• difficulty making decisions
  • appetite changes
  • weight loss or weight gain
  • tiredness and aches
  • changes in sleep patterns

You may only experience a few symptoms on the list, which would not necessarily indicate that you have depression.

If you experience 4 or more of these symptoms almost daily for more than 2 weeksit may be helpful to seek professional assistance.

“Therapists can give you information and teach you ways to cope and adjust to a retired life. They can also assess the severity of depression and recommend if medication is needed,” says Waichler.

In addition to depression, retirees may experience several mental health effects.

Anxiety is one of the most common mental health issues facing older adults, according to the World Health Organization (WHO).

Symptoms of anxiety can be related to financial worries, illness, fear of being dependent on others and other factors. A sedentary lifestyle can also contribute to anxiety.

Retirees, especially those who left work unexpectedly or involuntarily, may also experience lingering difficulties feelings of anger themselves, their former employer or family members.

The transition period can also stress relationships, especially romantic partners.

“A lot of people don’t discuss retirement with their partner. [before it happens]. So the two can have different expectations, which can lead to a lot of conflicts,” explains Noelia LeitePhD, Licensed Marriage and Family Therapist and Doctor of Integrative Health in Miami.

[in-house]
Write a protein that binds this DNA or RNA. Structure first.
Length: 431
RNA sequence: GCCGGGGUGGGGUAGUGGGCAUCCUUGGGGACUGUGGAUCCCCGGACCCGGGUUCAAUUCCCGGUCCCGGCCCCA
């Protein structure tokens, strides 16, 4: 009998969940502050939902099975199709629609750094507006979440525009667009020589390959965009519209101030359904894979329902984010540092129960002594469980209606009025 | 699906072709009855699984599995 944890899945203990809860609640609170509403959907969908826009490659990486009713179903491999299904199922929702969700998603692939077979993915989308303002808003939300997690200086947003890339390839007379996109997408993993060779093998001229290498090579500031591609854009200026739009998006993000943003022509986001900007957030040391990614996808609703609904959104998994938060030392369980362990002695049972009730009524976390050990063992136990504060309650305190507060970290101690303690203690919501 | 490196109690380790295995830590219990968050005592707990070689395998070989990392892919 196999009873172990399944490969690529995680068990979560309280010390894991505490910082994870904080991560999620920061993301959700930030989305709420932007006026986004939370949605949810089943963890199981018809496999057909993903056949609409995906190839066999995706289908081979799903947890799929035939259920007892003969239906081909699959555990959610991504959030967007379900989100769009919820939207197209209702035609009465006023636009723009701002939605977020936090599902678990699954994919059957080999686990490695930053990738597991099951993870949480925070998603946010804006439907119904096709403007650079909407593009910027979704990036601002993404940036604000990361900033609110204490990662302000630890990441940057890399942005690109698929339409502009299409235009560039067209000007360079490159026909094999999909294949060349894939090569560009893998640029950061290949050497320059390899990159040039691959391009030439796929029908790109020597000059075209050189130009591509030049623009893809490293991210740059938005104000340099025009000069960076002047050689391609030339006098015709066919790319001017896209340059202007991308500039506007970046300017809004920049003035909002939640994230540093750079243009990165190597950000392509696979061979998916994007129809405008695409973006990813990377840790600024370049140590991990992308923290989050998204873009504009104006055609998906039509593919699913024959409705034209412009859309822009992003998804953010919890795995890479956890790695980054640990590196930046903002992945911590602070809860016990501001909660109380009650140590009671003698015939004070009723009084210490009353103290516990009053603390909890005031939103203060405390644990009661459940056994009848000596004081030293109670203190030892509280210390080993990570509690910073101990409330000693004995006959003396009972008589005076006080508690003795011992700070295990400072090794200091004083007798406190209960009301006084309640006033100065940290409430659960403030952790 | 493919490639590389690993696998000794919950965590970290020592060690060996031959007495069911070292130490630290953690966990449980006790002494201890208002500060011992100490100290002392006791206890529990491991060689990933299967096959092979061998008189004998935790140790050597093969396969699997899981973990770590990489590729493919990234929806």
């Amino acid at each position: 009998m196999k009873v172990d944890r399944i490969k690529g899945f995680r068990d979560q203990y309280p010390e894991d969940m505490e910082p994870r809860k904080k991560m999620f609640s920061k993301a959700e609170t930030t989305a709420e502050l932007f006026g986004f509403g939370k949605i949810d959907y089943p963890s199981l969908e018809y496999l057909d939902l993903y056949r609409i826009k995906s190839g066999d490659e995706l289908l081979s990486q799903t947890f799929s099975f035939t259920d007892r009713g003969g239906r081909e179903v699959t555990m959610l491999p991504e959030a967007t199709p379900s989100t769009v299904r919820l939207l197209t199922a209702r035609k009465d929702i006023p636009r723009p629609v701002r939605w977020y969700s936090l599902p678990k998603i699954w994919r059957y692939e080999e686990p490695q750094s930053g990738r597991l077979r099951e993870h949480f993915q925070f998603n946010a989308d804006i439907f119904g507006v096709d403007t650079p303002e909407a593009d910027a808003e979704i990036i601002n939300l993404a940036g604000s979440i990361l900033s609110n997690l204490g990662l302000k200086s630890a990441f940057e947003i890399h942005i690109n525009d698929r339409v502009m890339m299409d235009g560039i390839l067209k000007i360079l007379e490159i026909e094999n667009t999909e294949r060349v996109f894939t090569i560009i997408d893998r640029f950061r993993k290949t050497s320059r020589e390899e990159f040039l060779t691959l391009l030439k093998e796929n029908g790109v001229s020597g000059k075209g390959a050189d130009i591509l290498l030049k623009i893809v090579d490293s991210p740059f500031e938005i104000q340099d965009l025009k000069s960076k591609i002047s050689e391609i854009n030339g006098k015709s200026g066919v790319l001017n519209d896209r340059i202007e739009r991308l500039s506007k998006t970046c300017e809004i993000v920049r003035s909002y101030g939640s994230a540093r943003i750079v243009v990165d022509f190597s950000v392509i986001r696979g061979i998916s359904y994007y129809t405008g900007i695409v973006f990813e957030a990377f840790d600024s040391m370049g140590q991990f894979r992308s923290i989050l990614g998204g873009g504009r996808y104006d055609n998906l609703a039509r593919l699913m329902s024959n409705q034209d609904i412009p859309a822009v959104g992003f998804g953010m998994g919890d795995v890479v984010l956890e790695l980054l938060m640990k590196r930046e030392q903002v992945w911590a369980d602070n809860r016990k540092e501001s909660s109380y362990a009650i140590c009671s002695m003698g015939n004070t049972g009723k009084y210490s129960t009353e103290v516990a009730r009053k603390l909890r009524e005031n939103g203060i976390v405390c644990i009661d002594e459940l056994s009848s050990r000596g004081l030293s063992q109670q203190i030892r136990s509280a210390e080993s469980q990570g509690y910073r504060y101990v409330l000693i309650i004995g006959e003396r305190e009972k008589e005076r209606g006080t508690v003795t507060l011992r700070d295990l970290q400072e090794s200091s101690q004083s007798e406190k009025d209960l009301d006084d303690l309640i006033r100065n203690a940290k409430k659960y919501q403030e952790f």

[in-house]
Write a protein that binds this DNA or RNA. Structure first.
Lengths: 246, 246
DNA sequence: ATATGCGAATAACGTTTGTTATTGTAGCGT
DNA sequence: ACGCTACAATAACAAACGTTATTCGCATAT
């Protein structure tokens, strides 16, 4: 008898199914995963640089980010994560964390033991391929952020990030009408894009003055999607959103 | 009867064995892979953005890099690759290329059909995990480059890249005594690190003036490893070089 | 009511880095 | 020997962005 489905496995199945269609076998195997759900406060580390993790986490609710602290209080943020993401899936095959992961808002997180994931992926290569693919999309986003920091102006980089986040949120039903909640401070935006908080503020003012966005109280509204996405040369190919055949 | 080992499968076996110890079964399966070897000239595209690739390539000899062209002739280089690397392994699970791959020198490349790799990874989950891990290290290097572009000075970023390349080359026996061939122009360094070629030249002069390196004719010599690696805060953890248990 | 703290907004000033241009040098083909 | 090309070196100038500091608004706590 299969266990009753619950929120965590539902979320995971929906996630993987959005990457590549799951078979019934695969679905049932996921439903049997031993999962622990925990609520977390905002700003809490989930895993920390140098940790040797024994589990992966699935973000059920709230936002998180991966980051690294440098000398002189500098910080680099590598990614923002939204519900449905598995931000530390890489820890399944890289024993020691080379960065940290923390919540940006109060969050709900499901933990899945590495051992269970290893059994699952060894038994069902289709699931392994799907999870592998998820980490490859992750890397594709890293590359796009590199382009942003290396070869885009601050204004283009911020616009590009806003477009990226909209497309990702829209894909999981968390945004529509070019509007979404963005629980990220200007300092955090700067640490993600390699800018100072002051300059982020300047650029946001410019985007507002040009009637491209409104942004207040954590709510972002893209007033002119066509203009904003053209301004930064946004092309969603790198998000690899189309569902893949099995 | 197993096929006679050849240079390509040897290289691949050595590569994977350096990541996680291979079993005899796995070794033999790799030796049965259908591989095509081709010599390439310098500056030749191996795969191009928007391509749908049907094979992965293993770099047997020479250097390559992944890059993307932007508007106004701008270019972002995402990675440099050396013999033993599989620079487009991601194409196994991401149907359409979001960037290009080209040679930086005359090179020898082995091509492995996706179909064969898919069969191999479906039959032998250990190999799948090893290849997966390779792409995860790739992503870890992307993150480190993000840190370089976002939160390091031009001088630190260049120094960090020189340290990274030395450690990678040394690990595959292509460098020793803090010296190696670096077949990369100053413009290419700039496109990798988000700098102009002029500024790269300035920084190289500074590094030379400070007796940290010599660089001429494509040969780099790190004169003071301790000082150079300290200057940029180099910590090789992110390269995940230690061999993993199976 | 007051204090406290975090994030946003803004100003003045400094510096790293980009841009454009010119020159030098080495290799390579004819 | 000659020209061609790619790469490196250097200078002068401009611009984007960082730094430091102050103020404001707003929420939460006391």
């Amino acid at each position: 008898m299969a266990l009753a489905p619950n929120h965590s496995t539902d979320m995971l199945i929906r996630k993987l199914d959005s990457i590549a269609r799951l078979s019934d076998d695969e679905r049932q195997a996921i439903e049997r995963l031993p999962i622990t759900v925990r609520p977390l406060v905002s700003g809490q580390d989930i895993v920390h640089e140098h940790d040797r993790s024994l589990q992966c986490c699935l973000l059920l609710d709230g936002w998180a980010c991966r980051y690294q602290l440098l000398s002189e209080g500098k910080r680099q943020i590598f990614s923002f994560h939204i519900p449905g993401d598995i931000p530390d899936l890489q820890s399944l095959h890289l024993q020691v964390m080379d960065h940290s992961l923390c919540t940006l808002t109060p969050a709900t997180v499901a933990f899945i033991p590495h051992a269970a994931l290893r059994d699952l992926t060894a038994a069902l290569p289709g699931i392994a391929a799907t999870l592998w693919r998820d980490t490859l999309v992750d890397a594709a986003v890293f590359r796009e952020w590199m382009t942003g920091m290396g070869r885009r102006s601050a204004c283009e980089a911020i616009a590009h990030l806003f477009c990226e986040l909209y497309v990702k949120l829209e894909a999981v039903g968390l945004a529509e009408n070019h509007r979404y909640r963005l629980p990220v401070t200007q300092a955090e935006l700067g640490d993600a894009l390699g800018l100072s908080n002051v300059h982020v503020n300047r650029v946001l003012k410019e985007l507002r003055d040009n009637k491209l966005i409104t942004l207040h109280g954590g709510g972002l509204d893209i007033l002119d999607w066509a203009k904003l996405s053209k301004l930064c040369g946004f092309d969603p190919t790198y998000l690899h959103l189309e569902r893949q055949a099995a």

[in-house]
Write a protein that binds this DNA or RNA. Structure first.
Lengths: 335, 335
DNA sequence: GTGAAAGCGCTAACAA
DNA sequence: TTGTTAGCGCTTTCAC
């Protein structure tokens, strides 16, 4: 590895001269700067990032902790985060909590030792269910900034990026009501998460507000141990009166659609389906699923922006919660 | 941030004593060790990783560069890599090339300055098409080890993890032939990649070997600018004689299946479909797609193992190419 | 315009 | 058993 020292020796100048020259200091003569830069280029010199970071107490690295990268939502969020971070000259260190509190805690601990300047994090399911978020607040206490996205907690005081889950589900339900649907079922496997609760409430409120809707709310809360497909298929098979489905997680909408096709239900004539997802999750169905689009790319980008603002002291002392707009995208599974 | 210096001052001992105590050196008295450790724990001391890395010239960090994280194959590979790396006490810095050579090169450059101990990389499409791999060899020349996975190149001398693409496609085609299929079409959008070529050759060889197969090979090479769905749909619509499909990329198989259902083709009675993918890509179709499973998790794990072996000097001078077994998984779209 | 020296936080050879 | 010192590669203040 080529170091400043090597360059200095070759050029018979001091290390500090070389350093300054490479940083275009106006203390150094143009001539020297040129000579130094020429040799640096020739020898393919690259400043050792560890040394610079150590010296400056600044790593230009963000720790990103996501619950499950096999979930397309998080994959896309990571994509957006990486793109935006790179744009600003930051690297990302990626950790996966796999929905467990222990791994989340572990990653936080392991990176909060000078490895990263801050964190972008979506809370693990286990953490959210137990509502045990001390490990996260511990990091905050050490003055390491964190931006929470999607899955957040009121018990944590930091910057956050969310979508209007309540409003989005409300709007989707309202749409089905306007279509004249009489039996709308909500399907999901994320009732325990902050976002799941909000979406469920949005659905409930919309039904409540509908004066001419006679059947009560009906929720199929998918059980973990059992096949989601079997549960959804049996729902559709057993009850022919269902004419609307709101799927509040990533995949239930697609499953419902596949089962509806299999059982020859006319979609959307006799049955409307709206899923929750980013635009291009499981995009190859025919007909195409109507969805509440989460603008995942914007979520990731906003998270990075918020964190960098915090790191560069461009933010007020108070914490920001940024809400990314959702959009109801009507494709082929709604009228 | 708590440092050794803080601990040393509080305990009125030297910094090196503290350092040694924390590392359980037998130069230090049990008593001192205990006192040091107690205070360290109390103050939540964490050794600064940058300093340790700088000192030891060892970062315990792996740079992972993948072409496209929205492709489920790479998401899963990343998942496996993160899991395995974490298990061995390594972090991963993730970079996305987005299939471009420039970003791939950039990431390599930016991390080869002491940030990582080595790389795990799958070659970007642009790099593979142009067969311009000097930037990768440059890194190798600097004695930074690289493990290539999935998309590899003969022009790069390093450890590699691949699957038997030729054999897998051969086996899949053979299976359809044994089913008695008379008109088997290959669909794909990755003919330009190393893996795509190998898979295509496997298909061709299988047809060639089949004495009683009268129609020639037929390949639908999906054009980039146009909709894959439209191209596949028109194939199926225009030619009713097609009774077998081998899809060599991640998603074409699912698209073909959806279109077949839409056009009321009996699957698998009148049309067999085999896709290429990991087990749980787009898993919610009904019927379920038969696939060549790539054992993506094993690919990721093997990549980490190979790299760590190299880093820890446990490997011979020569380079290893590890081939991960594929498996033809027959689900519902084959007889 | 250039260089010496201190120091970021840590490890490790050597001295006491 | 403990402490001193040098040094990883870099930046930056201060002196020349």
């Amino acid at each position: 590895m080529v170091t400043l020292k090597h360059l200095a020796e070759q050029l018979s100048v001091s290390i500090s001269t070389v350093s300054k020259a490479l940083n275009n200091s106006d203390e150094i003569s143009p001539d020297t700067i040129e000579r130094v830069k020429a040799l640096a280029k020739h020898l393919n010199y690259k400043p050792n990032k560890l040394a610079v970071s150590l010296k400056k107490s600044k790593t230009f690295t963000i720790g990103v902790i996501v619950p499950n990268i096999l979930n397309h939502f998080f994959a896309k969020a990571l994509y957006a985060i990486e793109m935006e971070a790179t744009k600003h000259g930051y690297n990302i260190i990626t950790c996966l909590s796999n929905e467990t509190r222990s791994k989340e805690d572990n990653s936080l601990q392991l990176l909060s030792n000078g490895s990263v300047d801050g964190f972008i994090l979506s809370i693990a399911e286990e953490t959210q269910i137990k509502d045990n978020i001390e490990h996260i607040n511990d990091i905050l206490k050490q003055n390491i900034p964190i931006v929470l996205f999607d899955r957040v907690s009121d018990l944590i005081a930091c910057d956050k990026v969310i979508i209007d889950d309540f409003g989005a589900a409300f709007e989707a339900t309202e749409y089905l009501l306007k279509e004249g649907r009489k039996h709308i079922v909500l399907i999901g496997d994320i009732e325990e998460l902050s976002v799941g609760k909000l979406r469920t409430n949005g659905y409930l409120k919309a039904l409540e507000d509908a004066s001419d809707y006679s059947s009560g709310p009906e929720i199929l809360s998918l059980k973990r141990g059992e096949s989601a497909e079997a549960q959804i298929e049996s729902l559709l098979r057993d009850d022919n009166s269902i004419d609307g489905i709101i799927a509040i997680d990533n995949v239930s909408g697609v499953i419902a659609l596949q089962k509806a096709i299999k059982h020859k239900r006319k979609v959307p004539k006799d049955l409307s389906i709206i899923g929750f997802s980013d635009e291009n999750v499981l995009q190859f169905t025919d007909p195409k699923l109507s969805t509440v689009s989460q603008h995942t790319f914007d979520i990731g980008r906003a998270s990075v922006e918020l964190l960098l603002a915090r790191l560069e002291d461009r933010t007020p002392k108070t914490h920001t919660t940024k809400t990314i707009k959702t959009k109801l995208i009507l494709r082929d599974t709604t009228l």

If a couple goes from only seeing each other in the evenings to spending most of their time together, the relationship dynamics can change.

But not all mental health effects of retirement are challenging.

A study 2018 Using panel data from the Health and Retirement Study showed that many people experience positive health effects, such as an increased sense of life satisfaction, after retirement. It all depends on the context and the circumstances.

Depression is a formal mental health condition, and the symptoms can be managed. Treatment is often effective, so relief is possible. Self-care is also essential if you are living with depression after retirement.

1. Consider a gradual transition

Many people have no control over when or how they retire. But if possible, phasing out work gives you time to adjust to a new lifestyle, rather than spending full time not working at all.

“It helps people feel more in control, and the retreat feels less abrupt and disruptive,” says Waichler.

The experience may look different for everyone, but a gradual transition could mean that you: